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State v. Clay

Court of Appeals of Oregon

September 6, 2018

STATE OF OREGON, Plaintiff-Respondent,
v.
WILLIAM JOSEPH CLAY, Defendant-Appellant.

          Submitted August 29, 2017

          Multnomah County Circuit Court 16CR09547; Bronson D. James, Judge.

          Bear Wilner-Nugent fled the brief for appellant.

          Ellen F. Rosenblum, Attorney General, Benjamin Gutman, Solicitor General, and Susan Yorke, Assistant Attorney General, filed the brief for respondent.

          Before Ortega, Presiding Judge, and Garrett, Judge, and Powers, Judge.

         Case Summary: Defendant challenges his conviction for coercion constituting domestic violence, ORS 163.275, asserting that the trial court erred by denying his motion to suppress evidence and statements obtained after police officers forced entry into his apartment without first obtaining a warrant. The state argues that the warrantless entry was justified by the emergency aid exception. Held: The trial court did not err. The officers had an objectively reasonable belief that entry into defendant's apartment was necessary to immediately aid, or to assist someone who had suffered, or was imminently threatened with suffering, serious physical injury or harm.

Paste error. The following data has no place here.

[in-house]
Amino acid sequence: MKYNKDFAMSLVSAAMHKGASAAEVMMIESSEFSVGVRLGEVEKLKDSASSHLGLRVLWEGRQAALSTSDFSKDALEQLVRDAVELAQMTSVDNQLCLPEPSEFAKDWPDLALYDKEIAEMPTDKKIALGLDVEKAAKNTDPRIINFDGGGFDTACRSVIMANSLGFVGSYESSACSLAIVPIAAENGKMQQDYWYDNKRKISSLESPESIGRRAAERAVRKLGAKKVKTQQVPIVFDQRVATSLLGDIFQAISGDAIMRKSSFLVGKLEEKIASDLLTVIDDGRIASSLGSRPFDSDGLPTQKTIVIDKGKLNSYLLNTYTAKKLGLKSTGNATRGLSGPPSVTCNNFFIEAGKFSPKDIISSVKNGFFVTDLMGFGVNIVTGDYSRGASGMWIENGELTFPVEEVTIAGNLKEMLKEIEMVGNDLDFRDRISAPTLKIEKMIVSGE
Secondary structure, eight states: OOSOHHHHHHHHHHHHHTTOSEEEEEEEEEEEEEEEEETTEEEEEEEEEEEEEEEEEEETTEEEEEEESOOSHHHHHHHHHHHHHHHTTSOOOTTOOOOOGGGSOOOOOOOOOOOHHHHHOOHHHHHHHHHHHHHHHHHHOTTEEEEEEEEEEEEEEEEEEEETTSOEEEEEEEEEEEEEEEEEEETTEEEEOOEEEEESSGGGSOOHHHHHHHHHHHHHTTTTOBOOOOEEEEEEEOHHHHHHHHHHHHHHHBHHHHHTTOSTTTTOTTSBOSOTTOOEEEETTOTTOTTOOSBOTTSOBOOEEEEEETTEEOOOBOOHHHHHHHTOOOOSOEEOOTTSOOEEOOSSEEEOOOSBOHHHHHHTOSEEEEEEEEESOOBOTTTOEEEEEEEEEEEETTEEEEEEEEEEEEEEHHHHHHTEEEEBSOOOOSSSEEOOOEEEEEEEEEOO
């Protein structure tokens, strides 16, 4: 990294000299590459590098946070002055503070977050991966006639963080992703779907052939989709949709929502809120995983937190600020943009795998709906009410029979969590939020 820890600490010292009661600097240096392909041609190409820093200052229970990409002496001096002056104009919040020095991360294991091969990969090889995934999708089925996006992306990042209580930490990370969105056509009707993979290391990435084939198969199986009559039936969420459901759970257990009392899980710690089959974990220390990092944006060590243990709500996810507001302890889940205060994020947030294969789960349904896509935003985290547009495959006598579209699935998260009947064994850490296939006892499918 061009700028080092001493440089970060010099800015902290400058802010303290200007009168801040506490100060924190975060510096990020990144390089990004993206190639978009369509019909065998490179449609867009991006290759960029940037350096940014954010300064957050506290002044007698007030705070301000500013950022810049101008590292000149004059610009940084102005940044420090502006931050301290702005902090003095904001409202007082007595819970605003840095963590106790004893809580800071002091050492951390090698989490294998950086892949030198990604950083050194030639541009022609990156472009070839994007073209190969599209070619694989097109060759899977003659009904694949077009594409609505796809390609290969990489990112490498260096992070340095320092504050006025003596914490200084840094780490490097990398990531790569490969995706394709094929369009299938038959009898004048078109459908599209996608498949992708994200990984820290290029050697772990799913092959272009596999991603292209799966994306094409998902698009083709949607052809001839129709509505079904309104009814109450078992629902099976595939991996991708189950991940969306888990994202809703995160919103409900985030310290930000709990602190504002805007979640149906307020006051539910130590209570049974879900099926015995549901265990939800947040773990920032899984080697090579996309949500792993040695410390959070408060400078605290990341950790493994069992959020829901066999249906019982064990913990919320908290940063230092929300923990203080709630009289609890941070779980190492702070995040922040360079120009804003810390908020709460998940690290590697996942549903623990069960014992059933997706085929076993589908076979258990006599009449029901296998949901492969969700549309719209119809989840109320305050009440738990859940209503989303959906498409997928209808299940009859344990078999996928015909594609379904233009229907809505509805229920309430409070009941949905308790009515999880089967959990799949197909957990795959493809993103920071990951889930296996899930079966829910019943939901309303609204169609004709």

Affirmed.

          [293 Or.App 798] POWERS, J.

         Defendant challenges his conviction for coercion constituting domestic violence, ORS 163.275, asserting that the trial court erred by denying his motion to suppress evidence and statements obtained after police officers forced entry into his apartment without first obtaining a warrant.[1]The state remonstrates that the trial court correctly concluded that the warrantless entry was justified by the emergency aid exception to the warrant requirement. We agree with the state that the officers had an objectively reasonable belief that entry into defendant's apartment was necessary to immediately aid, or to assist someone who had suffered, or was imminently threatened with suffering, serious physical injury or harm. Accordingly, we affirm.

         We review the denial of defendant's motion to suppress evidence for errors of law and, in so doing, we are "bound by the trial court's findings of fact if they are supported by the record." State v. Baker, 350 Or. 641, 650, 260 P.3d 476 (2011). If the trial court did not make explicit findings on facts that could be decided more than one way based on the evidence in the record, then we will infer that the court found those facts consistent with the trial court's ultimate conclusion. Ball v. Gladden, 250 Or. 485, 487, 443 P.2d 621 (1968). We describe the facts consistent with those standards of review.